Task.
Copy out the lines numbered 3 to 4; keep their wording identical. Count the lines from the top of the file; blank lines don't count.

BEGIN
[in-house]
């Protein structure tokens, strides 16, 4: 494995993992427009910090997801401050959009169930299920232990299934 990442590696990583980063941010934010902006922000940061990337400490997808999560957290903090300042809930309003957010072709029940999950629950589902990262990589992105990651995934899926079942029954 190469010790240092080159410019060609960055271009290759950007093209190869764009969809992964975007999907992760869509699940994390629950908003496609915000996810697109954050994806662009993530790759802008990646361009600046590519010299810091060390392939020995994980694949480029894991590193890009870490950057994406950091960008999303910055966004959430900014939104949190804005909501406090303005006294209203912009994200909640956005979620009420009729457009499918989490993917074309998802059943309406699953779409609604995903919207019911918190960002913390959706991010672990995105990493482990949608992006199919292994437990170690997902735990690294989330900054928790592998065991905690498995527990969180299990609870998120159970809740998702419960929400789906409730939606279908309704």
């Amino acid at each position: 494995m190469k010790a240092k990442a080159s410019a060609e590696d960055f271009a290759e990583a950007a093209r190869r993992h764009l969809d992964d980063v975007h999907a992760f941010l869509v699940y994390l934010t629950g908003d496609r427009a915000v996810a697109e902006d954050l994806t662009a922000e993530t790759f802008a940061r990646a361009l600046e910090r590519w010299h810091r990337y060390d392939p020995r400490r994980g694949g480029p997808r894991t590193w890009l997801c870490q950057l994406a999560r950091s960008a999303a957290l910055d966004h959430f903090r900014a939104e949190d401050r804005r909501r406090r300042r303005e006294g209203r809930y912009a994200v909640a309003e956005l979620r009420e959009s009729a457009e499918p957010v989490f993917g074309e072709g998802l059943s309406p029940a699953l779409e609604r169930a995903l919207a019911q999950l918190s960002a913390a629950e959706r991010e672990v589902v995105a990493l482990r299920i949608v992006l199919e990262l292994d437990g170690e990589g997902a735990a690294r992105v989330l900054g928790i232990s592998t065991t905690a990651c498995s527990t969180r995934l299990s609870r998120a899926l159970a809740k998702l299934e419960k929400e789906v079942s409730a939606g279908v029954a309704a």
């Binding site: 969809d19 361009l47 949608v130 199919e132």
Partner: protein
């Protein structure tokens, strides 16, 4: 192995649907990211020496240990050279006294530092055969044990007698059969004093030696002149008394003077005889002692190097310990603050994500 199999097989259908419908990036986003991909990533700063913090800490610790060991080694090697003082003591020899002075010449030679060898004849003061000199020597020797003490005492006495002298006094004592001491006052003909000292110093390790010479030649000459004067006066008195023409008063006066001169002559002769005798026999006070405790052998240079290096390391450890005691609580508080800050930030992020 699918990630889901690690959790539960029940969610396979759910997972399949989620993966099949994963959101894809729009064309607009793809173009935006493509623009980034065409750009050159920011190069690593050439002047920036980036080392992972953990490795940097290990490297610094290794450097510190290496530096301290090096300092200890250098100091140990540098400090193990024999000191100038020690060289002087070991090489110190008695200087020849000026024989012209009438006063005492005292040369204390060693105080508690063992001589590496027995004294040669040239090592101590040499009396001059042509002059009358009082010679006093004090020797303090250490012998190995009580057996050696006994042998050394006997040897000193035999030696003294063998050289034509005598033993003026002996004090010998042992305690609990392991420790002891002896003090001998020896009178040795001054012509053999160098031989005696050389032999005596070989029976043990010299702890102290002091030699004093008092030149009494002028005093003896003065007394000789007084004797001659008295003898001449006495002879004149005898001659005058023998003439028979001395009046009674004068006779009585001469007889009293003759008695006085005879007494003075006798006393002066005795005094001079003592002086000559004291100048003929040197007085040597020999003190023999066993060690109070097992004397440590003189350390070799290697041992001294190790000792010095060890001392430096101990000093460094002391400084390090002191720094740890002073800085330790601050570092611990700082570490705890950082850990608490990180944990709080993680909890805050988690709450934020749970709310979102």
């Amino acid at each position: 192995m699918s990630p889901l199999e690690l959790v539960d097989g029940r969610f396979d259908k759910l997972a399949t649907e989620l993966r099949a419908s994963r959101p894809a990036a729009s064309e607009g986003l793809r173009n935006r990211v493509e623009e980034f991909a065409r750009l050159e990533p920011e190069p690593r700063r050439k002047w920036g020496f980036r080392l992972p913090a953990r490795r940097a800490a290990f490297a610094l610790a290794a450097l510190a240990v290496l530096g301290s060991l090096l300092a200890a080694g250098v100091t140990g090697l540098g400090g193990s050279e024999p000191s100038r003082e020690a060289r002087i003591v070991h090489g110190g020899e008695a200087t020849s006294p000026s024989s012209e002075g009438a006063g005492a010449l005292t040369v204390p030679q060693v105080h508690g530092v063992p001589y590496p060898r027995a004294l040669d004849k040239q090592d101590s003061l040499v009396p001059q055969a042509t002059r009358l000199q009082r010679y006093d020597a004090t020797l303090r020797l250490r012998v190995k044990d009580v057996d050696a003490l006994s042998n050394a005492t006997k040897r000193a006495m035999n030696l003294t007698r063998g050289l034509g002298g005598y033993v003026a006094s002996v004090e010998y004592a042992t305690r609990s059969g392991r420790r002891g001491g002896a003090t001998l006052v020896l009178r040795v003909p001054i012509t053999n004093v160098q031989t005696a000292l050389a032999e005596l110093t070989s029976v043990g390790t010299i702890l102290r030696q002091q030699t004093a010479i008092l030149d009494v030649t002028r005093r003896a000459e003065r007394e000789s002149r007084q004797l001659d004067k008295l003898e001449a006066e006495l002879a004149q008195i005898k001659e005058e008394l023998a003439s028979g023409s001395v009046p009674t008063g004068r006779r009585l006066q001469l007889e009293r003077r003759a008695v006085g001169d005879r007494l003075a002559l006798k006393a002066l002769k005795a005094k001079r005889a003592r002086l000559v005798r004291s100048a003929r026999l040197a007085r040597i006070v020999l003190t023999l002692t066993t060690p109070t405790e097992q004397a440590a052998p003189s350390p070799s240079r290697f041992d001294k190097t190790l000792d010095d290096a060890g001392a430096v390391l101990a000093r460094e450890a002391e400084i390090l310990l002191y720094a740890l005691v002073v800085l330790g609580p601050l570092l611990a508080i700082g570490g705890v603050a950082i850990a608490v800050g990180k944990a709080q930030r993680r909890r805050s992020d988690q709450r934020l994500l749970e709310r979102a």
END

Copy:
């Amino acid at each position: 494995m190469k010790a240092k990442a080159s410019a060609e590696d960055f271009a290759e990583a950007a093209r190869r993992h764009l969809d992964d980063v975007h999907a992760f941010l869509v699940y994390l934010t629950g908003d496609r427009a915000v996810a697109e902006d954050l994806t662009a922000e993530t790759f802008a940061r990646a361009l600046e910090r590519w010299h810091r990337y060390d392939p020995r400490r994980g694949g480029p997808r894991t590193w890009l997801c870490q950057l994406a999560r950091s960008a999303a957290l910055d966004h959430f903090r900014a939104e949190d401050r804005r909501r406090r300042r303005e006294g209203r809930y912009a994200v909640a309003e956005l979620r009420e959009s009729a457009e499918p957010v989490f993917g074309e072709g998802l059943s309406p029940a699953l779409e609604r169930a995903l919207a019911q999950l918190s960002a913390a629950e959706r991010e672990v589902v995105a990493l482990r299920i949608v992006l199919e990262l292994d437990g170690e990589g997902a735990a690294r992105v989330l900054g928790i232990s592998t065991t905690a990651c498995s527990t969180r995934l299990s609870r998120a899926l159970a809740k998702l299934e419960k929400e789906v079942s409730a939606g279908v029954a309704a």
């Binding site: 969809d19 361009l47 949608v130 199919e132």